Busy month for mountain rescue team in Northumberland

Auchope Shelter
Auchope Shelter

Northumberland's mountain rescue teams saw a large increase in their call-outs last month compared to the same time last year, in part due to the adverse weather.

The Northumberland National Park Mountain Rescue Team (NNPMRT) and North of Tyne Mountain Rescue Team (NOTMRT) were called for help seven times over January 2016, representing a 130 per cent increase in incidents compared with January 2015. This can in part be attributed to the severe weather conditions.

The most serious incident came in the middle of the month and saw the emergency shelter built by the Northumberland National Park Authority with assistance from mountain rescue volunteers once again help to save a life.

On Saturday, January 16, the teams were called at 5.55am by the Border Search & Rescue Unit after a severely hypothermic walker was found on the Border Ridge in the Cheviots by participants of the Spine Race (which covers the full 268 miles of the Pennine Way, finishing in Kirk Yetholm). The walker had spent a considerable period of time out in the wintry hills following the event.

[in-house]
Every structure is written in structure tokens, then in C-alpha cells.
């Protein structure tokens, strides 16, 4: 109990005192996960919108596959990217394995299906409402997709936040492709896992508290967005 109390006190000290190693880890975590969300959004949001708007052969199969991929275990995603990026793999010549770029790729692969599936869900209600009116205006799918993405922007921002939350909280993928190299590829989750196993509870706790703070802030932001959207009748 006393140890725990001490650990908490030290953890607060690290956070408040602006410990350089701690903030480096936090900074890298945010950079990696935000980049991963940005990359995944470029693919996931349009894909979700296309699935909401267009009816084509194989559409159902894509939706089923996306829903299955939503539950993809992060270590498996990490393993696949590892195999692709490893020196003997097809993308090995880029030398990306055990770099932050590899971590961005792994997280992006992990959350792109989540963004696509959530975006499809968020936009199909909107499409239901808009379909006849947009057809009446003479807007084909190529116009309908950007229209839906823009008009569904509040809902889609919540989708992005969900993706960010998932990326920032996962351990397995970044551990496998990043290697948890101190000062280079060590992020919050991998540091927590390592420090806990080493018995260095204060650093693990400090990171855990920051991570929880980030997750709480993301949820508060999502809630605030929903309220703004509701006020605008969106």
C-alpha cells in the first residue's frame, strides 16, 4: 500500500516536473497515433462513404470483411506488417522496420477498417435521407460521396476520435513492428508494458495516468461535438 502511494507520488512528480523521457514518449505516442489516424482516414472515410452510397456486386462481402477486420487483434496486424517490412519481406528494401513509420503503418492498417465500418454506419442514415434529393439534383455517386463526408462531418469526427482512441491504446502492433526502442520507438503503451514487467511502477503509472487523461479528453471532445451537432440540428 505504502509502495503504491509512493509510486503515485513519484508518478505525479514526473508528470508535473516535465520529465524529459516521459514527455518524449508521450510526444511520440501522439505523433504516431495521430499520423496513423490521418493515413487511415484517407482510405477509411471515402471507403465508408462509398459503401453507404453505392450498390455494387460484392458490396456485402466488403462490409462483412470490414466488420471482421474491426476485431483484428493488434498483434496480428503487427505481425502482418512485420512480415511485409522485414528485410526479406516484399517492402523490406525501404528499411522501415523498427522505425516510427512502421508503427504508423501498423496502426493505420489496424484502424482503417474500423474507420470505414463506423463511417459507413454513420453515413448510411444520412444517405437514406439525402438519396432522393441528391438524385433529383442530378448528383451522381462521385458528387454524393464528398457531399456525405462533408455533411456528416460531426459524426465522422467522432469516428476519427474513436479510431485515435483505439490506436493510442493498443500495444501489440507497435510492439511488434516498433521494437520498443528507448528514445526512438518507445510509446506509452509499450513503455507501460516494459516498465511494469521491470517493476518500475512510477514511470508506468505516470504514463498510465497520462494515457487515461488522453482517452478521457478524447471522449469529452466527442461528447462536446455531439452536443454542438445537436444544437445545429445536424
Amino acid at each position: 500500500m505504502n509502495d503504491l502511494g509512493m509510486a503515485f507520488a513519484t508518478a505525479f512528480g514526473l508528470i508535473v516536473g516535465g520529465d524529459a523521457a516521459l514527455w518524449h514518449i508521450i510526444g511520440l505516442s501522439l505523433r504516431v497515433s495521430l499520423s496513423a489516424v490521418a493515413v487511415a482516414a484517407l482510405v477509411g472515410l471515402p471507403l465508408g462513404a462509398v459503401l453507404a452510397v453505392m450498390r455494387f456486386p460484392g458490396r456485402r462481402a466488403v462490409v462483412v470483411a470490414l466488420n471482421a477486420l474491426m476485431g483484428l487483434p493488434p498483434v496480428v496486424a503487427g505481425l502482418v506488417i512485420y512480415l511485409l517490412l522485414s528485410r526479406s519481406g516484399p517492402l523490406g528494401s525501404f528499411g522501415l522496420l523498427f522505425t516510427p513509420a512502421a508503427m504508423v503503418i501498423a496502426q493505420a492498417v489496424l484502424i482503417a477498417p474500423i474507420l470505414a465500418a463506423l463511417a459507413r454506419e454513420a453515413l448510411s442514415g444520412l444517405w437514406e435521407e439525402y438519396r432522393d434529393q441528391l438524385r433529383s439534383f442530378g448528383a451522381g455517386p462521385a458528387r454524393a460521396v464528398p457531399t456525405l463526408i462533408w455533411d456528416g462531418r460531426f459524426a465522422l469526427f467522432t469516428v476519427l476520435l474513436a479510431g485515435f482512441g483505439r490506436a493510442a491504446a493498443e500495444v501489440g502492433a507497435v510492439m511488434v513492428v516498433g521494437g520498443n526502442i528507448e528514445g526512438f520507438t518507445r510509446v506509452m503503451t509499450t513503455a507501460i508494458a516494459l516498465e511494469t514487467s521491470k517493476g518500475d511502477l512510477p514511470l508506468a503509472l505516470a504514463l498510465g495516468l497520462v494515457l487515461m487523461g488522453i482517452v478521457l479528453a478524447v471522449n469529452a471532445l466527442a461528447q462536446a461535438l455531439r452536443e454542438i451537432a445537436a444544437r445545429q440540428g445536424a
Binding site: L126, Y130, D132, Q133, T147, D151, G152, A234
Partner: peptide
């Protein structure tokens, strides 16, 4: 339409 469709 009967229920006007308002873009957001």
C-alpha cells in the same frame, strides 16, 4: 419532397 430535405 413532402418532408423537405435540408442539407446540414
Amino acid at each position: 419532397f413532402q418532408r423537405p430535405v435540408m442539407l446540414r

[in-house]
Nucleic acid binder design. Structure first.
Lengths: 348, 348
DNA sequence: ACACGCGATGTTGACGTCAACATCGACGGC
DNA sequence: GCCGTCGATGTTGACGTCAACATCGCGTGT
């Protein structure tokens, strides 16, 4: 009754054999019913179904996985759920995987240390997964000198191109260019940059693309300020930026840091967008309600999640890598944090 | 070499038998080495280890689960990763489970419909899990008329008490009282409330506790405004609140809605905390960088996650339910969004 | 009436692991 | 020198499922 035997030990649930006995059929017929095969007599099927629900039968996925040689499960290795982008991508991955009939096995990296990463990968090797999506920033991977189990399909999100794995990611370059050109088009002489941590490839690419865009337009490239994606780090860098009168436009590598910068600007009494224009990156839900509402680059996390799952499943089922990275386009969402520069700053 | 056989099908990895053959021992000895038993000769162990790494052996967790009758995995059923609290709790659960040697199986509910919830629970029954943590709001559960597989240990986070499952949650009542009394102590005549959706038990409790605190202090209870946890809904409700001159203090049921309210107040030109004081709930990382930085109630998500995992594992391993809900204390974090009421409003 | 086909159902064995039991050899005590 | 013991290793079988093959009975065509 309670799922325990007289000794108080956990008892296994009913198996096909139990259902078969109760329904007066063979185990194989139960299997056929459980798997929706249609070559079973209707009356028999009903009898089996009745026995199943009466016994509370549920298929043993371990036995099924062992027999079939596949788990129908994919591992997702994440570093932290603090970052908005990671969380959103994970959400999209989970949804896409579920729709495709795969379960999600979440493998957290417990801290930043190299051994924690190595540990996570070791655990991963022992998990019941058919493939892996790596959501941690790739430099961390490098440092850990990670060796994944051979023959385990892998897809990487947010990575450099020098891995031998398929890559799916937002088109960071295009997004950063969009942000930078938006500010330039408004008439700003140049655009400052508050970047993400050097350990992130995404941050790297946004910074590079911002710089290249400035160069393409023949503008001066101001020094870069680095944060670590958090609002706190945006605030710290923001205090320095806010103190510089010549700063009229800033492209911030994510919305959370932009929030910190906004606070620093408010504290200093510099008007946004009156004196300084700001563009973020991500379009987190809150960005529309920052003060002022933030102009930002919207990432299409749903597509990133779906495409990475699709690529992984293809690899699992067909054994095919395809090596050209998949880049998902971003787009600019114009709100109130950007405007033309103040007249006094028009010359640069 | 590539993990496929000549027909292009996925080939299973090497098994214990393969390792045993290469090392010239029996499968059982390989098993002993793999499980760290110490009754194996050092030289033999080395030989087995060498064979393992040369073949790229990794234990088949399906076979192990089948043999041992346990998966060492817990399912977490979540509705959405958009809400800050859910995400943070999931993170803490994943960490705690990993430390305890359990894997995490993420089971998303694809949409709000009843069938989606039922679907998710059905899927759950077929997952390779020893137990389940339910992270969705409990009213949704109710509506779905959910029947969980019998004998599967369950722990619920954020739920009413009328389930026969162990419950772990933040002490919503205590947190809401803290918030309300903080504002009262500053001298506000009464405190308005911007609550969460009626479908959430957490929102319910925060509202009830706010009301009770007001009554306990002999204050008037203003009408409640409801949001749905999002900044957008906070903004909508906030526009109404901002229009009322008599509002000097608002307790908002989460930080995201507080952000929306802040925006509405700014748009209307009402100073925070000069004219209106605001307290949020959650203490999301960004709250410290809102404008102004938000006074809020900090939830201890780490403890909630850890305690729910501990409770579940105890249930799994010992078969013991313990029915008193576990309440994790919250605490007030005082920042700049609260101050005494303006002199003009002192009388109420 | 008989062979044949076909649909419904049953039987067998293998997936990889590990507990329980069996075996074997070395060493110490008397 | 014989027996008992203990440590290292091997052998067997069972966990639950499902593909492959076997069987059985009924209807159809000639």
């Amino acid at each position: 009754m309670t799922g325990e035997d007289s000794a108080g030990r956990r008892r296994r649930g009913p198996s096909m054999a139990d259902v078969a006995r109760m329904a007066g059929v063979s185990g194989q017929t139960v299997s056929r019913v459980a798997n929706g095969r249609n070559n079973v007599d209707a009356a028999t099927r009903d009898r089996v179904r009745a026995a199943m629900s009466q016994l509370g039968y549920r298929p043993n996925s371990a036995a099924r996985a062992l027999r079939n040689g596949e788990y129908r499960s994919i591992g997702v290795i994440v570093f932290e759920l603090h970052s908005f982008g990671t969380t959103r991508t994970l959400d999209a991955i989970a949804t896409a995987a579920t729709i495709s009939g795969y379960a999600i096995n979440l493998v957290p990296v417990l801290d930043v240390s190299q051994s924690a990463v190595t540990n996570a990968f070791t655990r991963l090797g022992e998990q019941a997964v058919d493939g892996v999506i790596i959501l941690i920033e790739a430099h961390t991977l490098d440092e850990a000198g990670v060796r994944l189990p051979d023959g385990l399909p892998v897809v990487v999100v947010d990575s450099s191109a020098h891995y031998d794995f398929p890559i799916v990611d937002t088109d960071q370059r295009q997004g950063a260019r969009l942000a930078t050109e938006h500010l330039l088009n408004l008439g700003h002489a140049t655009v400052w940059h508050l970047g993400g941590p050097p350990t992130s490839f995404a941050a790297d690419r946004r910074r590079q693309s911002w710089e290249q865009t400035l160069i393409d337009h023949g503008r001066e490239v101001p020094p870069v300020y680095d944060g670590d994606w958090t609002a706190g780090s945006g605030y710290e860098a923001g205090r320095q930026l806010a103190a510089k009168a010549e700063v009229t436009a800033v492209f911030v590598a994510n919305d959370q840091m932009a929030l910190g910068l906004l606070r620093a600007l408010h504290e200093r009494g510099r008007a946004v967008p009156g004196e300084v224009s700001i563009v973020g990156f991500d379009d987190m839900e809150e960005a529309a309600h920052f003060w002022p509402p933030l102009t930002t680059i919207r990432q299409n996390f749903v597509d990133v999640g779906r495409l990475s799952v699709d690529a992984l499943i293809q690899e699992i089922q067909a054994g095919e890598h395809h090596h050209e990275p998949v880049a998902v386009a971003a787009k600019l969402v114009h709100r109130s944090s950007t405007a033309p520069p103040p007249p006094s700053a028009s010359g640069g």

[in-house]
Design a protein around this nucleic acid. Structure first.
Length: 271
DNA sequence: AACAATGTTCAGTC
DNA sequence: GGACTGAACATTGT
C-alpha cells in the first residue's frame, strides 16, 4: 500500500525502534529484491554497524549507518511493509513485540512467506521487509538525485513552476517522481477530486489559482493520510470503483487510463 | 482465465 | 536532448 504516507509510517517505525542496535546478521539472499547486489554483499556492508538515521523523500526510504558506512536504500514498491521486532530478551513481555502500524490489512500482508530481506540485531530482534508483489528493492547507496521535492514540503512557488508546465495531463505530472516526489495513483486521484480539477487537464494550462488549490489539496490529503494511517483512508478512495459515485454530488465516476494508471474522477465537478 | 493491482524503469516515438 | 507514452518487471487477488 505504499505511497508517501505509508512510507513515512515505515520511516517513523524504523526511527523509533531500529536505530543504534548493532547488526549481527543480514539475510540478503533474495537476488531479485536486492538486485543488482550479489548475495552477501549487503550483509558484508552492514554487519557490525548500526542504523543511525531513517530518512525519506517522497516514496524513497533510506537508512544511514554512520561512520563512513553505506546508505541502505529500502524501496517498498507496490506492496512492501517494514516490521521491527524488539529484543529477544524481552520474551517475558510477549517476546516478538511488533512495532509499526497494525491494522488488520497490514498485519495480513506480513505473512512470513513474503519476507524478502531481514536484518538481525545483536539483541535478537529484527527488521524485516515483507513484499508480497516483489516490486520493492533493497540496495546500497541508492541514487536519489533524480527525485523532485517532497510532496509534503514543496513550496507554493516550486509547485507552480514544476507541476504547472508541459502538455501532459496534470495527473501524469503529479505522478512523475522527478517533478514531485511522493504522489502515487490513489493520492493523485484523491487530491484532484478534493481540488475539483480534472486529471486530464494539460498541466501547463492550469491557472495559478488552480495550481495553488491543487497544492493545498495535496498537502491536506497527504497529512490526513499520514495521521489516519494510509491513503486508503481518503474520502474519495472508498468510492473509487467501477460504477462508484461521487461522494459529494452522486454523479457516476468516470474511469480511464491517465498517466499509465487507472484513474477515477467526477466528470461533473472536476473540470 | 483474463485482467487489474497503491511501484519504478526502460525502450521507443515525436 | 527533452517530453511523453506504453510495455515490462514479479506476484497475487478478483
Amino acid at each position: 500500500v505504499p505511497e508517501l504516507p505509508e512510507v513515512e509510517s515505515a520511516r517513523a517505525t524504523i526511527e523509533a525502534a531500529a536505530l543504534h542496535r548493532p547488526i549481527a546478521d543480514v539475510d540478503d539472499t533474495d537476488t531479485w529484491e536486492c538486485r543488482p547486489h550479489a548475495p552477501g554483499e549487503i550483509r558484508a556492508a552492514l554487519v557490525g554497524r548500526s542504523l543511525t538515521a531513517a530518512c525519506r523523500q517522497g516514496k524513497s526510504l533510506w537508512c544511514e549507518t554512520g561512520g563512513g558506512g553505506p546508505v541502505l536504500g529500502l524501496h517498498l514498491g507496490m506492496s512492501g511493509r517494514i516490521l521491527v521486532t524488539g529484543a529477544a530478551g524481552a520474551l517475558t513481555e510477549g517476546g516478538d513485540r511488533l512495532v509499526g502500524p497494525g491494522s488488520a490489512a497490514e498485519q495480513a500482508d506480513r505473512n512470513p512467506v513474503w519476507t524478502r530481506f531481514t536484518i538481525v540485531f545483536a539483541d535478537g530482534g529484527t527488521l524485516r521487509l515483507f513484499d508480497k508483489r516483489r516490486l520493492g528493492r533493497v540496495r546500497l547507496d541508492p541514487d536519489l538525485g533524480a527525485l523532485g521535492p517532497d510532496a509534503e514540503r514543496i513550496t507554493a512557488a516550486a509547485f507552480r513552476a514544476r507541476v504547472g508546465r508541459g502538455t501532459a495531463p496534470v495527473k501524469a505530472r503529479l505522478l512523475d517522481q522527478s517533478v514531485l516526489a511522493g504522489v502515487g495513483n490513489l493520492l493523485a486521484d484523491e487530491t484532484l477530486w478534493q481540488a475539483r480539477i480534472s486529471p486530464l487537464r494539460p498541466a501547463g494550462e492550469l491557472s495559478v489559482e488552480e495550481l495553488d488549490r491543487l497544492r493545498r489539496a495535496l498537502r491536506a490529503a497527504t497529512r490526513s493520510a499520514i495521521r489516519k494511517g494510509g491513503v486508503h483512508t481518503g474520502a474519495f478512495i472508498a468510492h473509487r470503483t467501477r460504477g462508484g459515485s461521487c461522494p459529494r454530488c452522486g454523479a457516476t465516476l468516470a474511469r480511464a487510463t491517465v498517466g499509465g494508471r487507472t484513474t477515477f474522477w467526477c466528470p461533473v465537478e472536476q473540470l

The casualty was initially treated and re-warmed by the Spine Race safety team which was located at the Auchope Shelter, just below Auchope Cairn on the Border Ridge. Given the seriousness of the casualty’s condition, a Coastguard helicopter from Glasgow (Prestwick) was scrambled. The casualty was safely evacuated by 9.40am and he is expected to make a full recovery.

Over this weekend, the teams were alerted twice; at 8.50am on Saturday, two members helped in the search for Leanne Bramwell, who was found safe and well, while on Sunday, police asked them to help find a family in woodland near Hexham, only to be stood down a few minutes later.

The teams would like to remind the public that when severe weather conditions are forecast, to take sufficient warm clothing for the conditions and spare food and water with them while travelling, whether that is on foot or in their cars. When significant accumulations of snow and ice form on the hills of Northumberland, it can become very slippy resulting in the need for walkers to carry, and know how to use, ice axes and crampons.